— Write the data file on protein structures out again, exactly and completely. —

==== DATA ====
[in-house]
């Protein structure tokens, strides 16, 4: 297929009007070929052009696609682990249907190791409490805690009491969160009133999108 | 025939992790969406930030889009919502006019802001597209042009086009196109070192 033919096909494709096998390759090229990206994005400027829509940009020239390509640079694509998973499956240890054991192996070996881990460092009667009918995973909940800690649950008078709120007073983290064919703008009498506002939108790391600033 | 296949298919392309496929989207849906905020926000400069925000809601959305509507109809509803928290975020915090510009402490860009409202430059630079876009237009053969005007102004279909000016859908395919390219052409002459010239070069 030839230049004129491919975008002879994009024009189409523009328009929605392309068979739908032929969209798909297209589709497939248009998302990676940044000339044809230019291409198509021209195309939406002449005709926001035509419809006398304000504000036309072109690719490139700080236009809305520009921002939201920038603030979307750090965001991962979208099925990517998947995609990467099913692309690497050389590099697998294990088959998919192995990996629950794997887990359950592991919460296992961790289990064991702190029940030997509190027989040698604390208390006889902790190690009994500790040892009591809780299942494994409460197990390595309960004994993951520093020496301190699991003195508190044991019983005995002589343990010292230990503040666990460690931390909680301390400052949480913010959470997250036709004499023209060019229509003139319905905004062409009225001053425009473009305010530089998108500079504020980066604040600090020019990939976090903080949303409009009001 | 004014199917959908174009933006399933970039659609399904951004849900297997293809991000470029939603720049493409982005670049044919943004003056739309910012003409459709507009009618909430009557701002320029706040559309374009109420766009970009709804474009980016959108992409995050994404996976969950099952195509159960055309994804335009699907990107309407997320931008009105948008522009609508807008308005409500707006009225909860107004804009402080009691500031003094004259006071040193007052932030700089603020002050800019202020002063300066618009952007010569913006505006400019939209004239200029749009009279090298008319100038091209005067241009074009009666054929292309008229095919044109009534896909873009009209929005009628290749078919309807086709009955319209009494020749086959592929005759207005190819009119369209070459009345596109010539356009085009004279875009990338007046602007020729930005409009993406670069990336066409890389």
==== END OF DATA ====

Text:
[in-house]
């Protein structure tokens, strides 16, 4: 297929009007070929052009696609682990249907190791409490805690009491969160009133999108 | 025939992790969406930030889009919502006019802001597209042009086009196109070192 033919096909494709096998390759090229990206994005400027829509940009020239390509640079694509998973499956240890054991192996070996881990460092009667009918995973909940800690649950008078709120007073983290064919703008009498506002939108790391600033 | 296949298919392309496929989207849906905020926000400069925000809601959305509507109809509803928290975020915090510009402490860009409202430059630079876009237009053969005007102004279909000016859908395919390219052409002459010239070069 030839230049004129491919975008002879994009024009189409523009328009929605392309068979739908032929969209798909297209589709497939248009998302990676940044000339044809230019291409198509021209195309939406002449005709926001035509419809006398304000504000036309072109690719490139700080236009809305520009921002939201920038603030979307750090965001991962979208099925990517998947995609990467099913692309690497050389590099697998294990088959998919192995990996629950794997887990359950592991919460296992961790289990064991702190029940030997509190027989040698604390208390006889902790190690009994500790040892009591809780299942494994409460197990390595309960004994993951520093020496301190699991003195508190044991019983005995002589343990010292230990503040666990460690931390909680301390400052949480913010959470997250036709004499023209060019229509003139319905905004062409009225001053425009473009305010530089998108500079504020980066604040600090020019990939976090903080949303409009009001 | 004014199917959908174009933006399933970039659609399904951004849900297997293809991000470029939603720049493409982005670049044919943004003056739309910012003409459709507009009618909430009557701002320029706040559309374009109420766009970009709804474009980016959108992409995050994404996976969950099952195509159960055309994804335009699907990107309407997320931008009105948008522009609508807008308005409500707006009225909860107004804009402080009691500031003094004259006071040193007052932030700089603020002050800019202020002063300066618009952007010569913006505006400019939209004239200029749009009279090298008319100038091209005067241009074009009666054929292309008229095919044109009534896909873009009209929005009628290749078919309807086709009955319209009494020749086959592929005759207005190819009119369209070459009345596109010539356009085009004279875009990338007046602007020729930005409009993406670069990336066409890389």